AAD: Low Rate of Hyperkalemia With Spironolactone Use
(HealthDay News) — Healthy immature women holding spironolactone for acne have no increasing rate of hyperkalemia, according to a investigate published online Mar 22 in JAMA Dermatology to coincide with a annual assembly of a American Academy of Dermatology, hold from Mar 20 to 24 in San Francisco.
Molly Plovanich, M.D., from Brigham and Women’s Hospital in Boston, and colleagues totalled a rate of hyperkalemia in healthy immature women holding spironolactone for acne or an endocrine commotion with compared acne. Data were enclosed for 974 healthy immature women holding spironolactone for acne. To obtain a form for a baseline rate of hyperkalemia in this population, a authors analyzed 1,165 healthy immature women holding and not holding spironolactone.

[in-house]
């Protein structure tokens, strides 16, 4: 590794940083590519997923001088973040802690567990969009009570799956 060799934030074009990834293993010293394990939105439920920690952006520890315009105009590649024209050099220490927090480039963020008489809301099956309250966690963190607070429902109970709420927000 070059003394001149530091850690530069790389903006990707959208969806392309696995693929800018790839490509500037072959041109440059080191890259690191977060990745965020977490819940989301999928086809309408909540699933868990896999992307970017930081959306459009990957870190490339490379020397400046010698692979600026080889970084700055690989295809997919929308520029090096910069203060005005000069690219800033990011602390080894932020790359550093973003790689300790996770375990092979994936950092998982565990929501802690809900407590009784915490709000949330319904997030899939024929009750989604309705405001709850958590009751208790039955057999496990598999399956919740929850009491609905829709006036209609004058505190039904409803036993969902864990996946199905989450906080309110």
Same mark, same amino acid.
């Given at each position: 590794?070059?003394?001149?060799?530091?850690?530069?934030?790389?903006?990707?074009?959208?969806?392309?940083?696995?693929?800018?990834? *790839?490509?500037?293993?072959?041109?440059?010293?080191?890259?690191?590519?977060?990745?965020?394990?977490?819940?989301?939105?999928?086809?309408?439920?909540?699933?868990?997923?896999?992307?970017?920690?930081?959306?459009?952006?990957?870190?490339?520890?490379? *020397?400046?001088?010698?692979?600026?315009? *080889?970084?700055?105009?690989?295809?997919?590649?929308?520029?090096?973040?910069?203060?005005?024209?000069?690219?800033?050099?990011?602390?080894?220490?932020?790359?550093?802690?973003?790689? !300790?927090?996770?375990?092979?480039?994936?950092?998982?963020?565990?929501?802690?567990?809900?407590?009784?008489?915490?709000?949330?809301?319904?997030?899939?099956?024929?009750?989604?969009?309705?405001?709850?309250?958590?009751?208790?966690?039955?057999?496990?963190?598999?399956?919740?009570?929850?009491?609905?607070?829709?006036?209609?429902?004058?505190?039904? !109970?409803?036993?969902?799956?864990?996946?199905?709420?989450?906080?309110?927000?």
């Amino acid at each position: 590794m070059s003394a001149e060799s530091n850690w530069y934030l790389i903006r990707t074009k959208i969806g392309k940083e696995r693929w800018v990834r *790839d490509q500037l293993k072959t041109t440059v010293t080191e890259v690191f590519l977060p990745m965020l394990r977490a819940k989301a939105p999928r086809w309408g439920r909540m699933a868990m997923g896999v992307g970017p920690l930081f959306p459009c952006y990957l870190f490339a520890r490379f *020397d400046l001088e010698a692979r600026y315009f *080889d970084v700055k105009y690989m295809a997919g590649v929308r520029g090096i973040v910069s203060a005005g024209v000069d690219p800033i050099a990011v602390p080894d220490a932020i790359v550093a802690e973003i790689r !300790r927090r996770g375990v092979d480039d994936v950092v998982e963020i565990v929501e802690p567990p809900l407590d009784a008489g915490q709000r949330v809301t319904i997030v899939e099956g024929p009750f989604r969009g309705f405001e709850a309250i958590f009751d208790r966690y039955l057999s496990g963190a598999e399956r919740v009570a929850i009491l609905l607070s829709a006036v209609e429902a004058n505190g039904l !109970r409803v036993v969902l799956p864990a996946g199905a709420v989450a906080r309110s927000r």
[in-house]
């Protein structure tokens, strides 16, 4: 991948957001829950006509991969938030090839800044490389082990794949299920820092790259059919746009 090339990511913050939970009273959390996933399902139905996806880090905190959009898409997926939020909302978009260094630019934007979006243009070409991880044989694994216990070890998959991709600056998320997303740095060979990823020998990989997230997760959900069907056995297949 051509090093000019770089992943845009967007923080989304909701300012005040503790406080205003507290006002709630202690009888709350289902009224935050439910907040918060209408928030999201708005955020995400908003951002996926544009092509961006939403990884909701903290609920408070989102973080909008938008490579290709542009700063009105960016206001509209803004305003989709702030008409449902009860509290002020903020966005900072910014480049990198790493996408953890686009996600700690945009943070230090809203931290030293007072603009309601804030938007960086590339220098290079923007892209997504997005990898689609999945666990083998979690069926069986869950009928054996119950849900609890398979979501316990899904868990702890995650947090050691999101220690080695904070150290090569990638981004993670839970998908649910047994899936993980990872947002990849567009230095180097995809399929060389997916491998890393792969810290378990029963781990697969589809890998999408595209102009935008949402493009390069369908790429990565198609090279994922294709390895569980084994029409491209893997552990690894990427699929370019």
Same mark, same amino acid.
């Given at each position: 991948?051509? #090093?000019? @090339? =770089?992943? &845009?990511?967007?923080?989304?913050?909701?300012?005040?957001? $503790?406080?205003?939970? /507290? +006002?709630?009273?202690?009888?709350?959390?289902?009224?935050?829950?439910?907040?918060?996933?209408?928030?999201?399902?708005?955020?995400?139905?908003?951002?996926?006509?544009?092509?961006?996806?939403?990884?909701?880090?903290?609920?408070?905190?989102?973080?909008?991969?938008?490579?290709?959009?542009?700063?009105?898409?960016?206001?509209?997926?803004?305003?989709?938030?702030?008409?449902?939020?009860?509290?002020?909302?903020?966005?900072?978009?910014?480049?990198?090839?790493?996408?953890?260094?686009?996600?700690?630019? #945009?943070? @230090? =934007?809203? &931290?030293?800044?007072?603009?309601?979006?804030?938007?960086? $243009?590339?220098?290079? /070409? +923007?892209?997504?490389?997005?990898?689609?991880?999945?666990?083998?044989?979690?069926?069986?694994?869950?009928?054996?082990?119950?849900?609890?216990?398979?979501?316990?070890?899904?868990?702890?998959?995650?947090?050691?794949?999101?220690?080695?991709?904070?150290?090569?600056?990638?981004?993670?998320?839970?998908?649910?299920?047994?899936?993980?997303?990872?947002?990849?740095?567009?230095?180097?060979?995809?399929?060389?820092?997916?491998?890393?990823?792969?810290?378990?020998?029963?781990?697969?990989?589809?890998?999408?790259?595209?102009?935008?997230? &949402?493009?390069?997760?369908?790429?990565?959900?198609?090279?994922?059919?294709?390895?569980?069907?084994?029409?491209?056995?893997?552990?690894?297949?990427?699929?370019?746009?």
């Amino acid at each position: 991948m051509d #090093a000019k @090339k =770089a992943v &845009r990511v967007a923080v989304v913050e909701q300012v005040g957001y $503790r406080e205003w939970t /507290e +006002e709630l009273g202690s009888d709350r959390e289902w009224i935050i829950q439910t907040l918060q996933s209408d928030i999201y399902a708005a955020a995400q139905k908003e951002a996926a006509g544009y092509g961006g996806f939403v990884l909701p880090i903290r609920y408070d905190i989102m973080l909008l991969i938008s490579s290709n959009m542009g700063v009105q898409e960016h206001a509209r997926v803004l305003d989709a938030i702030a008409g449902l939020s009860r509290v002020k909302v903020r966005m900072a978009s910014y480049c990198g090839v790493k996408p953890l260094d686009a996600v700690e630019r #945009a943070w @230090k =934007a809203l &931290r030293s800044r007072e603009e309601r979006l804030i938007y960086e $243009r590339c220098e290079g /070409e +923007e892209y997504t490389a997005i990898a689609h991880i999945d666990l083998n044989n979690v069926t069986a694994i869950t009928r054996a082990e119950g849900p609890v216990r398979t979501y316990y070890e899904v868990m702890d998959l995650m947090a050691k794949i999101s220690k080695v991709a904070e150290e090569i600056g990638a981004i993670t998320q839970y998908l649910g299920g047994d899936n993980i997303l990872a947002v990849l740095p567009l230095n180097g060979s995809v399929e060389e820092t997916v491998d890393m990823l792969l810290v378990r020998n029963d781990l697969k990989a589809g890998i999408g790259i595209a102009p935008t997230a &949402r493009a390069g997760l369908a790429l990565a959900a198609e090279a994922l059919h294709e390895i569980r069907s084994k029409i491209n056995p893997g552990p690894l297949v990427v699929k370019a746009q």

The researchers identified 13 aberrant serum potassium measurements in 1,802 measurements, agreeable a hyperkalemia rate of 0.72 percent among immature women receiving spironolactone therapy. This was homogeneous to a baseline hyperkalemia rate of 0.76 percent in this population. In 6 of a 13 patients, repeat contrast demonstrated normal values, indicating a measurements might have been incorrect. No movement was taken in a remaining 7 patients.
“In conclusion, a formula advise that slight potassium monitoring is nonessential for healthy immature women holding spironolactone for acne,” a authors write. “The low rate of hyperkalemia might inspire some-more health caring professionals to cruise a use of this rarely effective drug in their clinical practice.”